Trapman
1 month ago

I own several PSA firearms. I would say they are capable, but not exceptional. But they don’t kill a bank account, either, so there’s that.

musicman44mag
musicman44mag
1 month ago

Ever hear of video?

Steven Mace
Steven Mace
1 month ago

You ran this same story back in January of this year. Must be a slow news day?

Vern
Vern
1 month ago

Maybe I’m gittin where I can’t see as well anymore, mid 70’s, but I didn’t see when they drilled the gas port, before the barrel extension or after the barrel extension?

Ansel Hazen
Ansel Hazen
1 month ago

I have an 11.5″ pistol build and am extremely pleased with the rifle. As others mention, fit and finish were spot on. I think this article shows clearly that PSA deserves more respect for the quality of the product they are putting out.

Ken
Ken
9 months ago

Very proud to know that so many of America’s modern ‘musket’ barrels are manufactured right here in our hometown. We trust PSA and have a quality PSA AR-15.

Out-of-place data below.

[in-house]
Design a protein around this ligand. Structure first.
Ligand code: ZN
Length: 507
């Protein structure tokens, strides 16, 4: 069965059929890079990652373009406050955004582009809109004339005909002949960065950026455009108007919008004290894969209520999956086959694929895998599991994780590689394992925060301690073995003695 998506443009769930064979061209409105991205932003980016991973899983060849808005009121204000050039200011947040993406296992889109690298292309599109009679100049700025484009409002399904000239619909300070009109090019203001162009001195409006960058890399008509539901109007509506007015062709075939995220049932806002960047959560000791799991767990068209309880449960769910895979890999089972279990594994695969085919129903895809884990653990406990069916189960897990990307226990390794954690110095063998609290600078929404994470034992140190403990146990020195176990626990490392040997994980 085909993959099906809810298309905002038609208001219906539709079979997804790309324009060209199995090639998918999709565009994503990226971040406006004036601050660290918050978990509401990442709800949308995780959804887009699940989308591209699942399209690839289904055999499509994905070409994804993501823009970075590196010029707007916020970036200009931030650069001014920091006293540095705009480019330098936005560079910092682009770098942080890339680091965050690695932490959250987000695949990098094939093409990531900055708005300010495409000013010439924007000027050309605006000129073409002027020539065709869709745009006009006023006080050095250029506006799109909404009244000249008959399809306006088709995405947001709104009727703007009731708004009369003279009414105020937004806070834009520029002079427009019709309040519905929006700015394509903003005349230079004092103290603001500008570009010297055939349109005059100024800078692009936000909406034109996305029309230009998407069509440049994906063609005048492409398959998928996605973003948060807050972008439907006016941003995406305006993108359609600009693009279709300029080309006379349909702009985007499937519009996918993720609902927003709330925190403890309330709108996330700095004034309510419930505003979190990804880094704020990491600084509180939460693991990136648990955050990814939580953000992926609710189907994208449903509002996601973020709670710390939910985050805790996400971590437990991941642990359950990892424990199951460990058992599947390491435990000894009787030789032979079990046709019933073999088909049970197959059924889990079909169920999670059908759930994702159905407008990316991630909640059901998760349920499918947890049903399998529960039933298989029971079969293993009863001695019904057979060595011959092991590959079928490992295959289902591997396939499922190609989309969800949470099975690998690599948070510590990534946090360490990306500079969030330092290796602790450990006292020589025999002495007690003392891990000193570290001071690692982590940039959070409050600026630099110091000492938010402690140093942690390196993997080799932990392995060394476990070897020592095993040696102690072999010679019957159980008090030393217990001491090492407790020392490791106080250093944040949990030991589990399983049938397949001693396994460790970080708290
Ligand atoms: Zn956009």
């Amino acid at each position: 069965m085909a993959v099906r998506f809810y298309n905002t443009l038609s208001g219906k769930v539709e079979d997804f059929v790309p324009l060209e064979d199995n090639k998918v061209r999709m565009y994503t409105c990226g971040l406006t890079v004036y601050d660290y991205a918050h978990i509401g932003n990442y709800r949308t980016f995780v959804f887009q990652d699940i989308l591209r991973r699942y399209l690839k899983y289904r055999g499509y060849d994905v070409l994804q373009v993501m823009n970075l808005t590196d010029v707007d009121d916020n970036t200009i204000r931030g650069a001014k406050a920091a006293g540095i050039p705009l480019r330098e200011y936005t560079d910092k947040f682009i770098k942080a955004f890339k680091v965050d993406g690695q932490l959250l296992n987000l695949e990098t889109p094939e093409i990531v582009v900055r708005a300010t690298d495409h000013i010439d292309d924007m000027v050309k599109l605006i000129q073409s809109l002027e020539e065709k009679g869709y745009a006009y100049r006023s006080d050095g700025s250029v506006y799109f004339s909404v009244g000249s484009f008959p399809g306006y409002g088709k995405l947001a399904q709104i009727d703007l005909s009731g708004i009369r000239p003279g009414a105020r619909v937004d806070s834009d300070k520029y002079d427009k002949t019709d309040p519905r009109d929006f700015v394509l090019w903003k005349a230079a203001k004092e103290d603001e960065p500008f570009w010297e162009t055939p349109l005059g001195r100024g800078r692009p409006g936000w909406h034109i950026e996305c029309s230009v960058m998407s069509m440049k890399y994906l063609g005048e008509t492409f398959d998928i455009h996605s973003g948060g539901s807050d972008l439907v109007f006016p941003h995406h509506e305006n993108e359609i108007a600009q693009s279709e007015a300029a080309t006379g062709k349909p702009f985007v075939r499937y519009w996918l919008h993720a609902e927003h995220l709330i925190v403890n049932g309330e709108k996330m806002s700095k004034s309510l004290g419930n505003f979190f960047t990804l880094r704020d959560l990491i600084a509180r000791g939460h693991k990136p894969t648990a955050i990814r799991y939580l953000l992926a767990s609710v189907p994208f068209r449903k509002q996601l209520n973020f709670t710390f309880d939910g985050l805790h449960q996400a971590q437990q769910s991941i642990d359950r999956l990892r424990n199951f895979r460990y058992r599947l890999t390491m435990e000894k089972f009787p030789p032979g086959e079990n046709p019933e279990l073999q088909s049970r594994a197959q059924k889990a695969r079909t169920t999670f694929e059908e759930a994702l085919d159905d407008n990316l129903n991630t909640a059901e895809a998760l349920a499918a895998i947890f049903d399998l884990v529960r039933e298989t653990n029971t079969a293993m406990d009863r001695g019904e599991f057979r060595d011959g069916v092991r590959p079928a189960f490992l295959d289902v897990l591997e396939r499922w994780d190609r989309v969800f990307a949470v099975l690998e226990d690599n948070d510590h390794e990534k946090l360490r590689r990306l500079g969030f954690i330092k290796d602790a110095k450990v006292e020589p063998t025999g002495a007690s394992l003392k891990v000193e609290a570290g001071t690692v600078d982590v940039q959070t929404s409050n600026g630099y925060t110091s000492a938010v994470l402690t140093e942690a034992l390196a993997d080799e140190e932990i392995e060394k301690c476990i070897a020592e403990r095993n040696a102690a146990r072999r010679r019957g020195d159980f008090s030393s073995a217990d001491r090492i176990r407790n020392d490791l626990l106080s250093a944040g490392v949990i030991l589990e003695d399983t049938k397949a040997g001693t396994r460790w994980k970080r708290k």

Boris Badenov
Boris Badenov
9 months ago

I just did a build of a 300BLK using a PSA upper and with a lower kit, the fit and finish was excellent, and OMG the trigger was beautiful, clean crisp, minimal take up and reset. Accuracy was very good, offhand at 38 yards.

Vanns40
Vanns40
9 months ago

I have never, repeat never been disappointed in any PSA product. I purchased a “blemished” upper for my brother at an incredible price. We used a magnifying glass and could not find a single so-called blemish! If there were any they were hiding some place completely out of sight!

JoeUSooner
JoeUSooner
9 months ago
Reply to  Vanns40

I, too, have never been disappointed with any PSA product that I’ve purchased. The quality and reliability have been unbelievable. I’m sold on this company!

Buck
Buck
9 months ago

GOD bless Palmetto State Armory, and ALL other AR manufacturers making affordable and quantity rifles for American Citizens!!!

Green Mtn. Boy
Green Mtn. Boy
9 months ago

No complaints of the accuracy of the PSA products’ couple are what I refer to as exceptional.

Ryben Flynn
Ryben Flynn
9 months ago

I do believe in the early days PSA sourced their barrels from FN-USA (now FN America) which is also in Columbia, SC. HQ in McLean, Va and manufacturing in South Carolina.

Doszap
Doszap
9 months ago

Great article, seems PSA has made the cash to own their own barrel making facility,(except for CHF model barrels.
(FN duplicates), I assume the FN’s CHF’s are now marked as PSA CHF also.